Congratulations, they have arrived! We’re all ready to see Iceland back at next year’s Eurovision Song Contest for their thirty-first appearance. But following 3 consecutive years of non-qualification, what can Iceland do next year in order to take themselves back to the final?
As was revealed earlier today, RUV has confirmed to ESCToday that Iceland will compete at the 2018 Eurovision Song Contest in the host city of Lisbon, Portugal.
As has become tradition with the nation since 2006, RUV will once again opt for a national selection in order to select their entrant for Lisbon. With their most successful result in recent years being in 2009 with Yohanna and her second-placed entry Is it true?, can Iceland equal or even beat their record in 2018?
Iceland’s Eurovision history
From 2008, Iceland saw a consistently successful set of results in the Eurovision Song Contest, having qualified from the semi-finals in every edition up until 2014… that was the last time we witnessed the nation in the Eurovision final. But what’s changed?
Well in terms of selection format, Iceland’s process has remained consistently the same. Each year, we see a total of 12 entries competing in the Icelandic national selection Söngvakeppnin, with a total of 6 acts (occasionally including an additional wildcard entry) competing in the final of the selection. Two acts then qualify to the super-final of the selection, the winner of which then being determined by a televote.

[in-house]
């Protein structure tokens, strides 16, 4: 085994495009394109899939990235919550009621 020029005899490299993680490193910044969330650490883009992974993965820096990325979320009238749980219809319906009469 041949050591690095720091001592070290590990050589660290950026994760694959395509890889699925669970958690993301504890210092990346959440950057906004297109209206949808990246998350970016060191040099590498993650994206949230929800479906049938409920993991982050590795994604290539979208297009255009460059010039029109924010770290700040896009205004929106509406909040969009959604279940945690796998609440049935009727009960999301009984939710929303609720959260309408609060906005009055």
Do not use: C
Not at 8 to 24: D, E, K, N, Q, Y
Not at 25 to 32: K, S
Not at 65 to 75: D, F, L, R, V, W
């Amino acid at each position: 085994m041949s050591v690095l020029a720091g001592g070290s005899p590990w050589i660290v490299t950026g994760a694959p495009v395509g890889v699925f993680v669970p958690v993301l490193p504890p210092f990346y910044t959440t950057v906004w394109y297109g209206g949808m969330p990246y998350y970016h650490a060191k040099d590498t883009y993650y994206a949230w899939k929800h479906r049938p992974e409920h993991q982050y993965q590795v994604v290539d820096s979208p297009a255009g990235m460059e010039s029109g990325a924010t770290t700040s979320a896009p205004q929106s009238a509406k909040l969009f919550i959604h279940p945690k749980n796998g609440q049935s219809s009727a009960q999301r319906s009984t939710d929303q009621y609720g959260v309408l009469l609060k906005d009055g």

What makes Iceland’s national selection different to many others across Europe is the language rule in Söngvakeppnin; during the semi-final phase of the selection, all competitors are required to perform in Icelandic with the act then being able to perform in the language of their choice in the final. The version performed in the final is the version we see at the Eurovision competition.
Time for change?
Although Iceland’s selection process has gained much success for the country at Eurovision, the nation has been all out of luck in recent years having failed to qualify from the semi-final stage over 3 consecutive years, much to the surprise of many Eurovision followers!
Svala was selected via the Icelandic national selection in 2017 with her entry Paper (15th in semi-final 1; 60 points)
Whilst many Eurovision fans consistently get behind the Icelandic entries and remain strong favourites annually, are changes needed in order to find an entry that gets the backing of the international public? Let us know your thoughts!
Who would you like to see in 2018?
Iceland have sent many successful and just pure memorable entries over the years; from Selma to Yohanna, from Paul Oscar to Silvia Night… would you like to see any returning Icelandic artists in 2018, or should the nation stick to sending new and different artists to the contest?
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